Many policies that fuel policing and incarceration are implemented at the local level, making local organizing around abolitionist demands particularly important—whether on the citywide level, in the case of the Defund NYPD campaign, or in the context of a school or college campus. Columbia is a particularly important site for this kind of organizing, considering its long-term role in fueling gentrification and policing.

This past semester, Mobilized African Diaspora has been at the forefront of addressing Columbia’s role in perpetuating violence and oppression against Black students, workers, and members of the surrounding West Harlem neighborhood. This organization has proposed a set of demands that spell out exactly where Columbia must make changes in order to truly commit to anti-racist policies. These demands include fulfilling responsibilities to West Harlem through employment, affordable housing, education, and ending expansion; ending support for the New York Police Department; defunding Public Safety and investing in community safety solutions; “banning the box” from applications; and improving the academic environment for Black students.

These demands have been met with widespread support, with almost 1,500 students and hundreds of student groups’ signatures. Despite this support, however, the administration has continued to avoid any real commitments to address any of the demands. This response reflects a long-standing pattern when it comes to student demands for community resource allocation. Two years ago, undergraduate students occupied Lerner Hall after the administration rejected a series of demands put forward by No Red Tape for a 24/7 rape crisis center, healthcare center, and 24/7 access to Counseling and Psychological Services. To this day, none of those demands have been met, despite the increased need for emergency healthcare and mental health services due to the pandemic, as well as the need for further support for survivors following a drastic rollback of Title IX protections in September.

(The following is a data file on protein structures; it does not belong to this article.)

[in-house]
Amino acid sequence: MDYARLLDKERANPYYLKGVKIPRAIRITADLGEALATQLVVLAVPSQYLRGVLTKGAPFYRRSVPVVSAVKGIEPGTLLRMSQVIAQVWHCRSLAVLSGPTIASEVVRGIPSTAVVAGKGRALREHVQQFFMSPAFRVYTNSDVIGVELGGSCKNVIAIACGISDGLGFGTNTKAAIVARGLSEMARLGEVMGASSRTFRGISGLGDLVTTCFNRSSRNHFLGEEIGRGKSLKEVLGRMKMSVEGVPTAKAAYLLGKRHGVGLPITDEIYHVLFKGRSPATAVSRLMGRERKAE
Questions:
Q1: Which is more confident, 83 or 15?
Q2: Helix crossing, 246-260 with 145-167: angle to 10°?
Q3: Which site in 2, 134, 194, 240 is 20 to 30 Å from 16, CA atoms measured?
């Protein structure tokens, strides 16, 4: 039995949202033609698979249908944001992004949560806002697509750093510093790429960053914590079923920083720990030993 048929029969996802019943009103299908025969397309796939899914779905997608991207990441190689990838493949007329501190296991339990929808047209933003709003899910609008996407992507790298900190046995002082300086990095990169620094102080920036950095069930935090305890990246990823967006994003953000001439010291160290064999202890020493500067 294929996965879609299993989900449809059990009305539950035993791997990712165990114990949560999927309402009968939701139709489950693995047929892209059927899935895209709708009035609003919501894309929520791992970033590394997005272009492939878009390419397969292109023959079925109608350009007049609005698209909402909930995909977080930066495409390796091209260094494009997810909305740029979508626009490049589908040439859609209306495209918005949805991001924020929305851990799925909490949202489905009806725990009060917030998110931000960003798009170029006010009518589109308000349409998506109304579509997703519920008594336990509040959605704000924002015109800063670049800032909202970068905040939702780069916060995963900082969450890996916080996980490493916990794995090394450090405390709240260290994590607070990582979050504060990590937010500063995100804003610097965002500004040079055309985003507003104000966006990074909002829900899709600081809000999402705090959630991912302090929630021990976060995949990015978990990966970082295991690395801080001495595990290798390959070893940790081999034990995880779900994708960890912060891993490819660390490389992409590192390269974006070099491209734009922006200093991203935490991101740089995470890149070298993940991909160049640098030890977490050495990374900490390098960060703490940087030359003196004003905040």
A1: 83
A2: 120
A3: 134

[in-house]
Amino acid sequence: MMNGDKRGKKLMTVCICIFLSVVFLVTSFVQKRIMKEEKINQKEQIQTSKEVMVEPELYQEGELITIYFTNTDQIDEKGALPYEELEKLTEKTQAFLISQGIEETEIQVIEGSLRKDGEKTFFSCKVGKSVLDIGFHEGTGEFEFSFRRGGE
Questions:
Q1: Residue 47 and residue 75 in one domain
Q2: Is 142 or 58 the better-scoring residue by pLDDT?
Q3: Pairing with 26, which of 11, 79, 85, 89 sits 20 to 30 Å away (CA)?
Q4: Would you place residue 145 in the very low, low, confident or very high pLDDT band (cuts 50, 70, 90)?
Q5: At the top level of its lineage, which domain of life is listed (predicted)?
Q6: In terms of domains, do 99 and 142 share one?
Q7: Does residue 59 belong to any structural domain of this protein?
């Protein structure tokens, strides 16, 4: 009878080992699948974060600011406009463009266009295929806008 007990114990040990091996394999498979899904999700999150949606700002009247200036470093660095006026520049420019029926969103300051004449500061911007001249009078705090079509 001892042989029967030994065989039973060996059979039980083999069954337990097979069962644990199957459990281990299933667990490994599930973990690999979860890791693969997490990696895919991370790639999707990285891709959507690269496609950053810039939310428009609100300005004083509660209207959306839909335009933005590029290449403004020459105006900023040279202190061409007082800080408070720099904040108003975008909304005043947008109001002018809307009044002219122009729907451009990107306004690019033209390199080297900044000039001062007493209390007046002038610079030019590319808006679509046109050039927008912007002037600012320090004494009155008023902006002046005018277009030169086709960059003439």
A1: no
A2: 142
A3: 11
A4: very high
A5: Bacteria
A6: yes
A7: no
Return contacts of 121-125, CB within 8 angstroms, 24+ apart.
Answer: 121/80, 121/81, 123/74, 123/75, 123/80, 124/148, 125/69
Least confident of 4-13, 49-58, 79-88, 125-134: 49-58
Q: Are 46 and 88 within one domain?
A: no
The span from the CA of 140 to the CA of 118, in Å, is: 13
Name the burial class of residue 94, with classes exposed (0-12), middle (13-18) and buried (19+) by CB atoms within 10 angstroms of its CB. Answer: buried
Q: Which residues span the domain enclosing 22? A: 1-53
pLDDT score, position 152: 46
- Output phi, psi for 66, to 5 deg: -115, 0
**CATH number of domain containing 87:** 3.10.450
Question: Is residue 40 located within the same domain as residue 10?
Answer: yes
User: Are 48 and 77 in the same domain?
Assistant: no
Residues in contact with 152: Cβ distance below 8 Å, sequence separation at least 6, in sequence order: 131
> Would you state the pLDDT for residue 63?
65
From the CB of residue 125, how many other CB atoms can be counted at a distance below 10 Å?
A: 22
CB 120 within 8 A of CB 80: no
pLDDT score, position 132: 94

The common thread here goes beyond just an institutional prioritization of profits over people. Just as government institutions continue to turn to policing rather than assure that all communities have their basic needs met, the University continues to rely on Public Safety and the NYPD to address situations that require structural fixes, like expanded physical and mental health resources that center survivors and people of marginalized identities. Policing-based fixes cannot address these underlying requisites for safety on campus; rather, they introduce a new source of danger that disproportionately threatens Black lives.

Imagining a campus that provides safety and care to Black students and community members necessitates dismantling the interconnected structures of white supremacy, carceral systems, and capitalism. As long as the University continues to pursue expansionary projects at the expense of Harlem neighborhoods, it will continue to fuel policing and racial injustice off campus. As long as University administrators follow austerity-based approaches that direct funds away from community safety solutions and toward a Public Safety force, Columbia will continue failing to provide a safe campus for Black students. For that reason, we stand in solidarity with these abolitionist demands and for a vision of a University that centers student and community decision-making, and where the safety, health, and well-being of everyone is truly guaranteed.

Becca Roskill, SEAS ʼ22, and Emmaline Bennett, TC ʼ22, are organizers with the Columbia-Barnard Young Democratic Socialists of America. Their column, A Spectre Haunts Columbia, runs biweekly on Tuesdays. They encourage you to support Mobilized African Diaspora’s organizing against anti-Black racism on campus and throughout West Harlem by signing this petition and calling upon University President Lee Bollinger to take action on its demands.

To respond to this column, or to submit an op-ed, contact opinion@columbiaspectator.com.